US President Donald Trump has signed a $15 billion hurricane relief package as the National Hurricane Center announced the imminent arrival of a monstrous storm forcing millions of Americans from the southern states of Florida and Georgia to evacuate.
Trump signed the $15.25 billion in relief fund on Friday, a day after it was passed by Congress. About half the sum is designated for FEMA's disaster relief fund.
FEMA has already spent much of its original funds on the huge damage caused by Hurricane Harvey in Texas and Louisiana.
Hurricane Harvey, a Category 4 storm, struck last month, killing about 60 people and causing property damage estimated at up to $180 billion in the two states.
Trump's Homeland Security Advisor Tom Bossert said FEMA was operating at full tilt, "but there will be a break in their operations if they run out of money. That's why that supplemental legislation was so necessary."
With Harvey relief efforts expected to top $100 billion, lawmakers and officials agreed that the latest aid should be just a first step in broader federal assistance to come.
"We're going to have to go back I'm sure for additional resources as these storms continue to hurt our states and our citizens."
The National Hurricane Center issued strong warnings about the "extremely dangerous" Category 5 Hurricane Irma. "THIS IS AS REAL AS IT GETS," screamed a warning posted by the National Weather Service for Key West -- one of the low-lying islands off South Florida that will be the first to face Irma's fury on Saturday night. "NOWHERE IN THE FLORIDA KEYS WILL BE SAFE. YOU STILL HAVE TIME TO EVACUATE."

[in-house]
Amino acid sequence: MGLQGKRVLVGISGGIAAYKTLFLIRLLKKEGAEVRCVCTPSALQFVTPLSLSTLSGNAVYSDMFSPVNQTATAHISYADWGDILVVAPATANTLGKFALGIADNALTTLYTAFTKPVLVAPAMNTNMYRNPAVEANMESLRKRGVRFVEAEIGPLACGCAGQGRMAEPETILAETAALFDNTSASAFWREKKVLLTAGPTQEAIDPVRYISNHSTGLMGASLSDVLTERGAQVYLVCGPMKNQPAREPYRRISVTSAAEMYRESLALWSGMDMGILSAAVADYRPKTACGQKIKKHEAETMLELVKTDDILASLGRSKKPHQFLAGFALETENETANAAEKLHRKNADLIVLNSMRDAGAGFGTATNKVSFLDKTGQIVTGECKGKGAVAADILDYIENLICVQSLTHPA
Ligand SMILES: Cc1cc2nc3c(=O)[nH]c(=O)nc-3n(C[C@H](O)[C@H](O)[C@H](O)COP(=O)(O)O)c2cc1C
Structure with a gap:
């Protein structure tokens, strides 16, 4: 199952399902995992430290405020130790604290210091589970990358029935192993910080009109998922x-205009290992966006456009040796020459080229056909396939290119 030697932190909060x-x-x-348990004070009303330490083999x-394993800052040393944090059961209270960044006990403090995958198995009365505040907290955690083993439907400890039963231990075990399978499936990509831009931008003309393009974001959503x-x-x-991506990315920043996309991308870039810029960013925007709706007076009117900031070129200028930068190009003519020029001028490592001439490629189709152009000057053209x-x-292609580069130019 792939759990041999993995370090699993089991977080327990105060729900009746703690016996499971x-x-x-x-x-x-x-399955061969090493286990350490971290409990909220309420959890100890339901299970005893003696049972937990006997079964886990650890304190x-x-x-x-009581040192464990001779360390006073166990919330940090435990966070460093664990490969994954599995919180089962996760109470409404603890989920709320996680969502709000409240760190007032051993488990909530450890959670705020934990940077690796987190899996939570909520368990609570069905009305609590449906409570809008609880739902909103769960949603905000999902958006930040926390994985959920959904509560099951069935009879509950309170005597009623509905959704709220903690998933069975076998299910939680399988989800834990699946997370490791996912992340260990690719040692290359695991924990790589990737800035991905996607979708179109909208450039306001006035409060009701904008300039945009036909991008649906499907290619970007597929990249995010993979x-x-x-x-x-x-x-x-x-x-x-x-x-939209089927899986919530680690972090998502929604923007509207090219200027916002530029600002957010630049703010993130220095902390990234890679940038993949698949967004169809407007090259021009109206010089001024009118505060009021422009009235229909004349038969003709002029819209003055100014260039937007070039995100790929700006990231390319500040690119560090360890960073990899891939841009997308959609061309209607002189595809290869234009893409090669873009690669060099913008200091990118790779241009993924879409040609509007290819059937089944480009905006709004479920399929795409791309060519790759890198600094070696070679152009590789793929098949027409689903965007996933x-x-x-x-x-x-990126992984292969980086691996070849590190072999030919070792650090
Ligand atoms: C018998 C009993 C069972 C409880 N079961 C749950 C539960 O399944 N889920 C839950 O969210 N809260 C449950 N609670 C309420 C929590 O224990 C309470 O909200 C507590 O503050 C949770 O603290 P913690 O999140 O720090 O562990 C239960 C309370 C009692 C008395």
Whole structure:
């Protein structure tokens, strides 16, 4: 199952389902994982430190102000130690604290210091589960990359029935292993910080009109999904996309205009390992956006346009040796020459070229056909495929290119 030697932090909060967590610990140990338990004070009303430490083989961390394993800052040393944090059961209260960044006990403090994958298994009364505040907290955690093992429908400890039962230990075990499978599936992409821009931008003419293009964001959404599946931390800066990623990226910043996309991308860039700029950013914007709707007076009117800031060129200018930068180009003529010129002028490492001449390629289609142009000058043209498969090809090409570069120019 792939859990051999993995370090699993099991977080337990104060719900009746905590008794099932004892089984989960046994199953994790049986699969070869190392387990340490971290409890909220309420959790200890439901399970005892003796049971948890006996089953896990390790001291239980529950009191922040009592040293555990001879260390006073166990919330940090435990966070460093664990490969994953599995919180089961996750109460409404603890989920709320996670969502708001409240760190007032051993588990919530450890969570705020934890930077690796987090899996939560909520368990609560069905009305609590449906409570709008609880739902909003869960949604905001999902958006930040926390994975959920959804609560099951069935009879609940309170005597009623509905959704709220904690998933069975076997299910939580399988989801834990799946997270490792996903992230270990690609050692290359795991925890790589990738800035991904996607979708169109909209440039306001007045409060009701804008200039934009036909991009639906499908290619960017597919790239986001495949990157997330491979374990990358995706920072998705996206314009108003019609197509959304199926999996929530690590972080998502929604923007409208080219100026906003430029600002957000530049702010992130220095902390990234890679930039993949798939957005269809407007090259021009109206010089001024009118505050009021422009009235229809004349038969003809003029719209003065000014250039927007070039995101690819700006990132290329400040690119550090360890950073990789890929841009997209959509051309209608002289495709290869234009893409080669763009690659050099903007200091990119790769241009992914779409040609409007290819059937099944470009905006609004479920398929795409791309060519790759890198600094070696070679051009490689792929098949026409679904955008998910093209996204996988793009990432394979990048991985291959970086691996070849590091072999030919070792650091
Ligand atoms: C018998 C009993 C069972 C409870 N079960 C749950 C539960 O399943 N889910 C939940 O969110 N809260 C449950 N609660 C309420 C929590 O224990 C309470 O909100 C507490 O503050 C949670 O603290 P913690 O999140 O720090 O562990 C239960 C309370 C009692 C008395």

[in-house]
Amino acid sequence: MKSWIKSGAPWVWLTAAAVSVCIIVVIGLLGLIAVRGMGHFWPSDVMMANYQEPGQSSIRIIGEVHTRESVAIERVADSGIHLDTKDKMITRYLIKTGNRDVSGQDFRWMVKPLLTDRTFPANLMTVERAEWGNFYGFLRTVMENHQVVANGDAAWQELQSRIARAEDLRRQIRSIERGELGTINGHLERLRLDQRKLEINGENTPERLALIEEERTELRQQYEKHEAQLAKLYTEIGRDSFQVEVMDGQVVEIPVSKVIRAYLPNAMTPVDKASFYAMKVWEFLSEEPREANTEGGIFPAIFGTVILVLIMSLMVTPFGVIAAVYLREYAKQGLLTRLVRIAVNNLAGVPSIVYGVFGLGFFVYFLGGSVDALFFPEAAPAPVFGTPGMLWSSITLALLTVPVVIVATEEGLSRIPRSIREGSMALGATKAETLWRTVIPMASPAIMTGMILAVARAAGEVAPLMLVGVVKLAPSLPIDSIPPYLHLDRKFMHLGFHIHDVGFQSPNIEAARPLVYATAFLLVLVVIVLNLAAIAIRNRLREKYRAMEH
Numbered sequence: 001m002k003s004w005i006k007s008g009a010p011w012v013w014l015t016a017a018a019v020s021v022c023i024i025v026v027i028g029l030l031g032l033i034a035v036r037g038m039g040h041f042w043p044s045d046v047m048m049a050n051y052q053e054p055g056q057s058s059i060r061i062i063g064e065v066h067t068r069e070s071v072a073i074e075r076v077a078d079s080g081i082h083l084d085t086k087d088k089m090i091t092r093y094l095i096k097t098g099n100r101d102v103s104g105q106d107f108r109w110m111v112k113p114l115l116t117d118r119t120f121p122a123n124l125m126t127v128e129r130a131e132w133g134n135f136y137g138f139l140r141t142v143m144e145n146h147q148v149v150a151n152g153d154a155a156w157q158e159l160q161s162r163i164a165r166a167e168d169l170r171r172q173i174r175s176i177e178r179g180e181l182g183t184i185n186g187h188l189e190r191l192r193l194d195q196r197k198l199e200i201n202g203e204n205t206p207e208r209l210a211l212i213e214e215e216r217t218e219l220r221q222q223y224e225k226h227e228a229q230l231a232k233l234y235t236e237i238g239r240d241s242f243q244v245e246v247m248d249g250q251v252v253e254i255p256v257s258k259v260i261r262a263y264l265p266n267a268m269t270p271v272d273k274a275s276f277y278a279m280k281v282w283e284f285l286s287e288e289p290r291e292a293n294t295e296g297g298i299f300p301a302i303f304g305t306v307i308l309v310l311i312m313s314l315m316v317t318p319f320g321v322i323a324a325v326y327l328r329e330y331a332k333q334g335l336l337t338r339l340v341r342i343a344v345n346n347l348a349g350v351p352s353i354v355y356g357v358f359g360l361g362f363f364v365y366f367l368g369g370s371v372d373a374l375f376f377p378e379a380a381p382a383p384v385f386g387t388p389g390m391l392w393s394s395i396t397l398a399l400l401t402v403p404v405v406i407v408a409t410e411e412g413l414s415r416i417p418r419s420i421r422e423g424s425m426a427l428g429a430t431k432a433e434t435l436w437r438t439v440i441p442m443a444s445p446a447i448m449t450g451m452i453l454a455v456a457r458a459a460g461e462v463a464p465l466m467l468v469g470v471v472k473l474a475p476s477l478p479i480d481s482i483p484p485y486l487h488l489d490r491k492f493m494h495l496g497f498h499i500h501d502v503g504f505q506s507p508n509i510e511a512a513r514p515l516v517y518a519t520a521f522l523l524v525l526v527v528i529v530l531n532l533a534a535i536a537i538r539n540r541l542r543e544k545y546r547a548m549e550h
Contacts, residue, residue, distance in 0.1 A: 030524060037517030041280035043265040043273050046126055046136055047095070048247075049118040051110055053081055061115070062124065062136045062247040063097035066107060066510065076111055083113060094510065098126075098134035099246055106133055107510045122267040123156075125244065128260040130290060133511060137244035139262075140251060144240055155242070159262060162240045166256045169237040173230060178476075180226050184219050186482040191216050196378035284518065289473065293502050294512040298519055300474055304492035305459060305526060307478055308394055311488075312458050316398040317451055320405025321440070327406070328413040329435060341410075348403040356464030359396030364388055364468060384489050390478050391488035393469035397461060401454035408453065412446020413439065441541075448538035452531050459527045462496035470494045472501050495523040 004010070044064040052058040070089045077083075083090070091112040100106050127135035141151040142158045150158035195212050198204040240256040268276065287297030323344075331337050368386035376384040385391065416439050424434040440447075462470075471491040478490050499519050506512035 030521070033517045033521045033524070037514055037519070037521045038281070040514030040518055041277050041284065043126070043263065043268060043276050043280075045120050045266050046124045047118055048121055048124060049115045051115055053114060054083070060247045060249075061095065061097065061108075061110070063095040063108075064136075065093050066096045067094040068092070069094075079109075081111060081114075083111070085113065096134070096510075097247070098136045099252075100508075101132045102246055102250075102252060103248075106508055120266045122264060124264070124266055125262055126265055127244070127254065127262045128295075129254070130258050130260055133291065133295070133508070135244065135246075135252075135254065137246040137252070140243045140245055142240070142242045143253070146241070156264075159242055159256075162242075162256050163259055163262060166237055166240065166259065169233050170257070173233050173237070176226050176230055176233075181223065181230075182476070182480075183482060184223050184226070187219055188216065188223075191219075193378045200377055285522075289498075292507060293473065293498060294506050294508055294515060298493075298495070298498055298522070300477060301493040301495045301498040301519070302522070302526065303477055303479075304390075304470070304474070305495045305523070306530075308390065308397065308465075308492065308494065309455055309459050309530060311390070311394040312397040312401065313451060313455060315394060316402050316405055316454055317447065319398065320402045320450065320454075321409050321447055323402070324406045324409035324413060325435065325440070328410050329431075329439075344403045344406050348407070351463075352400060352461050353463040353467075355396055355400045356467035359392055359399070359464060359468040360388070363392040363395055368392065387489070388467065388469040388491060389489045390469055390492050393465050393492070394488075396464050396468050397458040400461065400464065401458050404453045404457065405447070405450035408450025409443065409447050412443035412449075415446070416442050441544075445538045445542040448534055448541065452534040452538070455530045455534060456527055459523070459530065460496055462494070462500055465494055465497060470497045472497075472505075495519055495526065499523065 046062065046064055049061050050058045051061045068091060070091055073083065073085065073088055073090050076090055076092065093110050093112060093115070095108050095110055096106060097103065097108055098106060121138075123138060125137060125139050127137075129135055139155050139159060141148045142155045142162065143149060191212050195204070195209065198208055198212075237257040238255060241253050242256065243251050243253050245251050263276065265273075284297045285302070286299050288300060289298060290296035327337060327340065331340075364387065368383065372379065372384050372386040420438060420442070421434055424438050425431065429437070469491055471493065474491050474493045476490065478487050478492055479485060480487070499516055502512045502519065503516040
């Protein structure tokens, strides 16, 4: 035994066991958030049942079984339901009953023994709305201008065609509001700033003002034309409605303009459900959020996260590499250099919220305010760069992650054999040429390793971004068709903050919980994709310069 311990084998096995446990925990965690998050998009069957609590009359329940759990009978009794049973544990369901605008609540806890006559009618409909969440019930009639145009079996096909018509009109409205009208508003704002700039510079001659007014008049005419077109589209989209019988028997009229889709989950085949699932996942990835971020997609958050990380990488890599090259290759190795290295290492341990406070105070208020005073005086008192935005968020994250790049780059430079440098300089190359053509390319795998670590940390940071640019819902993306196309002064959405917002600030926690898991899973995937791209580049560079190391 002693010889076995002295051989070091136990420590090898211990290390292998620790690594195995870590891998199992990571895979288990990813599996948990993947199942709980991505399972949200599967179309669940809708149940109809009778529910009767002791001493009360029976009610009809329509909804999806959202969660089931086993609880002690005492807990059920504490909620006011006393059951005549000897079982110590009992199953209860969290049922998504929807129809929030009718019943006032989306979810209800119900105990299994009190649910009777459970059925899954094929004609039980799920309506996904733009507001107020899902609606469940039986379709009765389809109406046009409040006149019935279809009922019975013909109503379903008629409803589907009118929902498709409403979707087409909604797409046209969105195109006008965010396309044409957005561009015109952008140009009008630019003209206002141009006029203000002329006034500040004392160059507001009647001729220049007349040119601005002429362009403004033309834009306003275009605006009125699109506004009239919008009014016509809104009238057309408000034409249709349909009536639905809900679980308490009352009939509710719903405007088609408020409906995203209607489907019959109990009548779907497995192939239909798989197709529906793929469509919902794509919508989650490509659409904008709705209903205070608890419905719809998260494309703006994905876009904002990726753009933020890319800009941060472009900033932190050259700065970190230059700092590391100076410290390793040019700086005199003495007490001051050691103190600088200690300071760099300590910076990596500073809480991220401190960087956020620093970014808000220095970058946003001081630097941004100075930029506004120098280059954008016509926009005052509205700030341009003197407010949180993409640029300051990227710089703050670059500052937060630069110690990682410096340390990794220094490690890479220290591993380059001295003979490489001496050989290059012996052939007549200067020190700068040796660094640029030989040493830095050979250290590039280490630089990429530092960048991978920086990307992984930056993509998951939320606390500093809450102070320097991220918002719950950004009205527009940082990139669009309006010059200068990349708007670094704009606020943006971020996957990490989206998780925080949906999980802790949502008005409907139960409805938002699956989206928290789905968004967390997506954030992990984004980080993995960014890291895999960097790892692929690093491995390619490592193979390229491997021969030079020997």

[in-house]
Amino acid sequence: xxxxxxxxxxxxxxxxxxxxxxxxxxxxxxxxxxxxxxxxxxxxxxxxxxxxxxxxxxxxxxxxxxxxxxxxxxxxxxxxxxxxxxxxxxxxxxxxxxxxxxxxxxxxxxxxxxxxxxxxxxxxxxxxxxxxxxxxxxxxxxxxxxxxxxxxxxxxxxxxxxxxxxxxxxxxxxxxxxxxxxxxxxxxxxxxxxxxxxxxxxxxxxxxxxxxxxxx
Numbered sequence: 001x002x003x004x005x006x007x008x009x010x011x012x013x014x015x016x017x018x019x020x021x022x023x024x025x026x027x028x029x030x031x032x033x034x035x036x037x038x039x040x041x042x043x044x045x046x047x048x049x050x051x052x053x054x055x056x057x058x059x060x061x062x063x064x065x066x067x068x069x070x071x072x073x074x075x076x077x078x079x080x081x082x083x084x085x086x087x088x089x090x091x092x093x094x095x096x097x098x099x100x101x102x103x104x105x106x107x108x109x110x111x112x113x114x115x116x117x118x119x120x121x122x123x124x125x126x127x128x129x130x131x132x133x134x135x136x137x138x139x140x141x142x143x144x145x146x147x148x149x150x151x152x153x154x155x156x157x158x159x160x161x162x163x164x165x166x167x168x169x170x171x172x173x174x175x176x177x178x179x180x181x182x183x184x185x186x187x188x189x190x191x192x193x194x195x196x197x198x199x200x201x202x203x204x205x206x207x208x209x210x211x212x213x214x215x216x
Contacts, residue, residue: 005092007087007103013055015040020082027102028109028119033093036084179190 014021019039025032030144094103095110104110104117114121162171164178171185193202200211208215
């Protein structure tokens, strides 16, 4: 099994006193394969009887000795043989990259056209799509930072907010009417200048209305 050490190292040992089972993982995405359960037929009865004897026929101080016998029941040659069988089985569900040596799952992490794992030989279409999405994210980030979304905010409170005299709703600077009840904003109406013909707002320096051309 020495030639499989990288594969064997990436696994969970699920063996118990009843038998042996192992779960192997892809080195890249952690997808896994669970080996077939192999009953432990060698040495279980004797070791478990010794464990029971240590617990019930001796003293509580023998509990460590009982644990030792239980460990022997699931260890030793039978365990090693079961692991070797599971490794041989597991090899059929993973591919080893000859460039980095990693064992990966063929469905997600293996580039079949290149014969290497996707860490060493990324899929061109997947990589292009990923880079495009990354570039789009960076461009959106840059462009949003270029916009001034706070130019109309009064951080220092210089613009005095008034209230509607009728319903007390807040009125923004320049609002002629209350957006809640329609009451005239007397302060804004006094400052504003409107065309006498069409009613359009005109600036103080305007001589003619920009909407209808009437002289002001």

Forecasters also offered hurricane and storm surge warnings and watches farther north than Florida, in neighboring Georgia.
As people prepared for the hurricane or/and evacuated, Trump assured them authorities were ready for Irma. "It's a really bad one, but we are prepared at the highest level," Trump shouted to reporters as he boarded a helicopter for Camp David, the retreat in Maryland where he will hold a weekend cabinet meeting and monitor the storm.
Irma was expected to hit Florida on Sunday morning, bringing massive damage to several million homes from flooding and winds as strong as 160 miles (260 kilometers) per hour.
About 5.6 million people in Florida — more than one-quarter of the state's population — were ordered to evacuate and another 540,000 were told to leave the Georgia coast.
The evacuations, including from areas around Miami, have been made more difficult by clogged highways, gasoline shortages and the challenge of moving old people around the top retirement destination.
Authorities opened hundreds of shelters for people who did not leave.
Meanwhile, Hurricane Irma roared toward the state after lashing Cuba, killing 21 people in the eastern Caribbean and leaving catastrophic destruction in its wake.